A Baltimore elementary school needed to raise test scores so badly, it bypassed tried and true methods such as hard work and motivation in favor of an easier technique. Cheating.
State assessment test booklets from students attending George Washington Elementary School contained thousands of eraser marks changing wrong answers to right - a gigantic slap in the face to a namesake's reputation if ever there was. School administrators finally admitted the cheating scandal after the Maryland State Department of Education and Baltimore City Schools conducted a massive two-year investigation. Officials checked erasure patterns, the number of answers changed, and the direction of eraser marks to confirm initial suspicions.
The school is now in jeopardy of losing its status as a National Blue Ribbon School, an award bestowed by the U.S. Department of Education in 2007. Baltimore City Schools CEO Andre Alonso also revoked the teaching certificate of the school's 2008 principal. Former Principal Susan Burgess was not assigned to a new school and no longer works for City Schools.
Good riddance! Isn't it bad enough the majority of these kids, many from the most impoverished areas of the City, have to navigate a jungle of violent crime, drug abuse, rodent infestation, lead paint poisoning, absentee parents, and who knows what else every day of their little lives? Did reckless and moronic adults entrusted with their care and tutelage have to add to the wear and tear on their self-esteem by plopping them in the middle of a cheating scandal?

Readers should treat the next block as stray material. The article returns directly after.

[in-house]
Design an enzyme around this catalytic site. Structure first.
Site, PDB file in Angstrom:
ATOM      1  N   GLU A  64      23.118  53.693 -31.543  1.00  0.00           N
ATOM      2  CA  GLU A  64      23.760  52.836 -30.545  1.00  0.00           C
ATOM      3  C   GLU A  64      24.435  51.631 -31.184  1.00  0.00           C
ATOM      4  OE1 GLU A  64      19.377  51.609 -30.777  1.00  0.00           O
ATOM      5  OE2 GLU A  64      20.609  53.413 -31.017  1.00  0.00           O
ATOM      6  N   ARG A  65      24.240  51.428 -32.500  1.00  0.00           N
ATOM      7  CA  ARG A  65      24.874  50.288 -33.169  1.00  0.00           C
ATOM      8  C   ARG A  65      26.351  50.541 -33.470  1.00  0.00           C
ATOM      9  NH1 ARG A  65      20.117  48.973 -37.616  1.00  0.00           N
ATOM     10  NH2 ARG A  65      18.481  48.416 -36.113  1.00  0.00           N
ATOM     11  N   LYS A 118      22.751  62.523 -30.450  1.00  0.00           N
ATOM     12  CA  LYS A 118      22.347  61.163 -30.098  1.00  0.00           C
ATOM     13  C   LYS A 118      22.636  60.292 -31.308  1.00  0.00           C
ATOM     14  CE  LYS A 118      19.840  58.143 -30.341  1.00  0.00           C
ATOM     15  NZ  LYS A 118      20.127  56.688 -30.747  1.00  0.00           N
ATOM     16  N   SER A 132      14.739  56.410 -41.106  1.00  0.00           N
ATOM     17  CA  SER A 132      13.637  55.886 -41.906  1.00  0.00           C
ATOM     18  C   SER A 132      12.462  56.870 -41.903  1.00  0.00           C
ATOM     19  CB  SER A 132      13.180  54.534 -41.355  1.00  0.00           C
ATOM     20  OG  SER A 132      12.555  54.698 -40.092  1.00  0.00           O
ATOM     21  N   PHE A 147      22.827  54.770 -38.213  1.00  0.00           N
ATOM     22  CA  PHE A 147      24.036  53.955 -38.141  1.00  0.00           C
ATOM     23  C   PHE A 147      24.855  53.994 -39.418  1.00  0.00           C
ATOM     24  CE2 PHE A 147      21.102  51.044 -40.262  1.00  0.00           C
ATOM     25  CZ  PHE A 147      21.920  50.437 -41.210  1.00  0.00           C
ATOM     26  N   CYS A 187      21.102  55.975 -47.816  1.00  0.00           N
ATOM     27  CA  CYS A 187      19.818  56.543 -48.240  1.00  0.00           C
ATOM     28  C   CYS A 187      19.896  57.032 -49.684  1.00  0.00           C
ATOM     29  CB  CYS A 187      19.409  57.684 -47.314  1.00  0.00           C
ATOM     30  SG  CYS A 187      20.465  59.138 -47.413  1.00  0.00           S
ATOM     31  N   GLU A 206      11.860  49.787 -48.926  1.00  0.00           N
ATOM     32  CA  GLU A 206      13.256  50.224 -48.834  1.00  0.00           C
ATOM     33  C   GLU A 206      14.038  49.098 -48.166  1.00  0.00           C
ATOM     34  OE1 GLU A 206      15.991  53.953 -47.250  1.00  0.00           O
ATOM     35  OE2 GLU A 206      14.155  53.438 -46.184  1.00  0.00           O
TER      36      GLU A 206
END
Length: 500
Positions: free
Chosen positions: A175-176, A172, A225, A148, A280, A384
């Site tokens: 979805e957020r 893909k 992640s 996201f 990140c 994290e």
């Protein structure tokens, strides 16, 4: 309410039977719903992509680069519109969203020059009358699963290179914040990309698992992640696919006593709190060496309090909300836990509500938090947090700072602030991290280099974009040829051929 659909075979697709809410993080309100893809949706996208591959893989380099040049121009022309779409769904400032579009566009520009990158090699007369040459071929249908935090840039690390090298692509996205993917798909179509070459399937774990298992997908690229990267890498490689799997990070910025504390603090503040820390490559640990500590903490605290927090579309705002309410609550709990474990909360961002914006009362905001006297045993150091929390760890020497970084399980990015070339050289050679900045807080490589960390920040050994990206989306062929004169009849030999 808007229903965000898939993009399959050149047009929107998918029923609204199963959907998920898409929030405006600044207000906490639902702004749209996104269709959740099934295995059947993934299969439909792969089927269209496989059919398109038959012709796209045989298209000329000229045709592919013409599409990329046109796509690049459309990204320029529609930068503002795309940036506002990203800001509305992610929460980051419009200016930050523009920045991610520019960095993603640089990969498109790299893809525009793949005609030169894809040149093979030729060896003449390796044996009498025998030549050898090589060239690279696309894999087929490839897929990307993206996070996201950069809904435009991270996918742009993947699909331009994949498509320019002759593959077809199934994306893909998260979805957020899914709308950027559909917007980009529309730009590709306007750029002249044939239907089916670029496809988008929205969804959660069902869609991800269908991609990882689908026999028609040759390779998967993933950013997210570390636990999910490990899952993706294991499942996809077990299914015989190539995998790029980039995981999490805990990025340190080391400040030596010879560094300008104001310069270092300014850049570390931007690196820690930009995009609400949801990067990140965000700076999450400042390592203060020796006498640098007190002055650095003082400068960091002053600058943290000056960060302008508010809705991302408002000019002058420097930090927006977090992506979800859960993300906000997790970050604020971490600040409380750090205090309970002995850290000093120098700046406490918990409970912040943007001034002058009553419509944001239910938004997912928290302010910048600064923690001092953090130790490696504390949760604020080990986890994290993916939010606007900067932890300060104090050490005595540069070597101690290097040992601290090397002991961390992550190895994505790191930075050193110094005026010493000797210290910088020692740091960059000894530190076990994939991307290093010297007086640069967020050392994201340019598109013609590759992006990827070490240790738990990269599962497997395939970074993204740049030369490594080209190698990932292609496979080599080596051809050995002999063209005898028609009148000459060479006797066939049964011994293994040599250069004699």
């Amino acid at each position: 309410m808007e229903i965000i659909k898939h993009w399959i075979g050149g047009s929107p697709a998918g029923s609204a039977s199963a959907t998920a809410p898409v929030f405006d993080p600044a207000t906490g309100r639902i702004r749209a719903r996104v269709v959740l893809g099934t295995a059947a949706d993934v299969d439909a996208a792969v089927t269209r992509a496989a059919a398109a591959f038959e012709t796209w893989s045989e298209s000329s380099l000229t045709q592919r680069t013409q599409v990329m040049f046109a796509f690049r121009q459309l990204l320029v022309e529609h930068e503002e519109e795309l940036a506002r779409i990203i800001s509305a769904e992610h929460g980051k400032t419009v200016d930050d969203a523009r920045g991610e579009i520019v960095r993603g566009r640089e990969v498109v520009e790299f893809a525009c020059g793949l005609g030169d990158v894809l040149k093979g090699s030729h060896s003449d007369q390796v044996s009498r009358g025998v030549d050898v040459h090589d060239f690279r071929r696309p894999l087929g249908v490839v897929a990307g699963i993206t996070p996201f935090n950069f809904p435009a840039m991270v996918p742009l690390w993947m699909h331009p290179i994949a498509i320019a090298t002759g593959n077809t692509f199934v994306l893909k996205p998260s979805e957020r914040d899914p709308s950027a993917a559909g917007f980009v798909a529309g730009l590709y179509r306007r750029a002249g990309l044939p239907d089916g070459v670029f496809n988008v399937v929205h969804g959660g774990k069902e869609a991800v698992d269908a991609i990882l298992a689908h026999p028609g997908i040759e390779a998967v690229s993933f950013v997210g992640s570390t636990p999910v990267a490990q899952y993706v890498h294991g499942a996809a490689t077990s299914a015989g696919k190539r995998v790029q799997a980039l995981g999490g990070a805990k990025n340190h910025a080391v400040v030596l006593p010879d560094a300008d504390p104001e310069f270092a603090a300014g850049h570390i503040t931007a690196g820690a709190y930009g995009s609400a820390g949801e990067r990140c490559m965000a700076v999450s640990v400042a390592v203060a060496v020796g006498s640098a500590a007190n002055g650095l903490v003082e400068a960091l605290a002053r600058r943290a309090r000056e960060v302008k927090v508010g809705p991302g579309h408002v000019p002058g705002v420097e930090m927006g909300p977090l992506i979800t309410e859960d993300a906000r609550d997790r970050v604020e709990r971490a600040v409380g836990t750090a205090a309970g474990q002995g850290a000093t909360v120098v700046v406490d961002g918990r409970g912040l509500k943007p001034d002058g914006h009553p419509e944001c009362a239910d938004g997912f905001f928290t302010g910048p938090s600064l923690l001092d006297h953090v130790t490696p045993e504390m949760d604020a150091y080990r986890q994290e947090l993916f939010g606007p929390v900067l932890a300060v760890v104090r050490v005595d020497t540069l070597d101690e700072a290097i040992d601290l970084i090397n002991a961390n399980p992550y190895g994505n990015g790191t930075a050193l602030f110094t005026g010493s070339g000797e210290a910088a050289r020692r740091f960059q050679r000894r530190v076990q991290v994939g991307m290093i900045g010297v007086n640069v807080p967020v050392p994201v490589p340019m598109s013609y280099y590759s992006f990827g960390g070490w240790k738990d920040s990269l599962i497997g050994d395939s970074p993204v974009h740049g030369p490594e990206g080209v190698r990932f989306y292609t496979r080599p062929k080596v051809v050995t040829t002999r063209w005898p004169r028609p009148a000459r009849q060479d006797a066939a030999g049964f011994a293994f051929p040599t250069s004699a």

And for what? Pats on the back devoid of intrinsic merit? Misplaced parental gratitude? Pupils ill-equipped to handle life in the real world? Most troubling is the message these idiots sent to vulnerable school children. Children looked to them, supposed adults, not only for guidance to navigate everyday challenges, but also for skills to overcome such challenges on their own.
Cheaters never prosper even when they don't get caught. Caring and able-bodied educators taught and reinforced this lesson throughout my school years, and because they did so in such a sensitive manner I have steadfastly followed ever since.
Too bad George Washington Elementary School students won't get the same opportunity.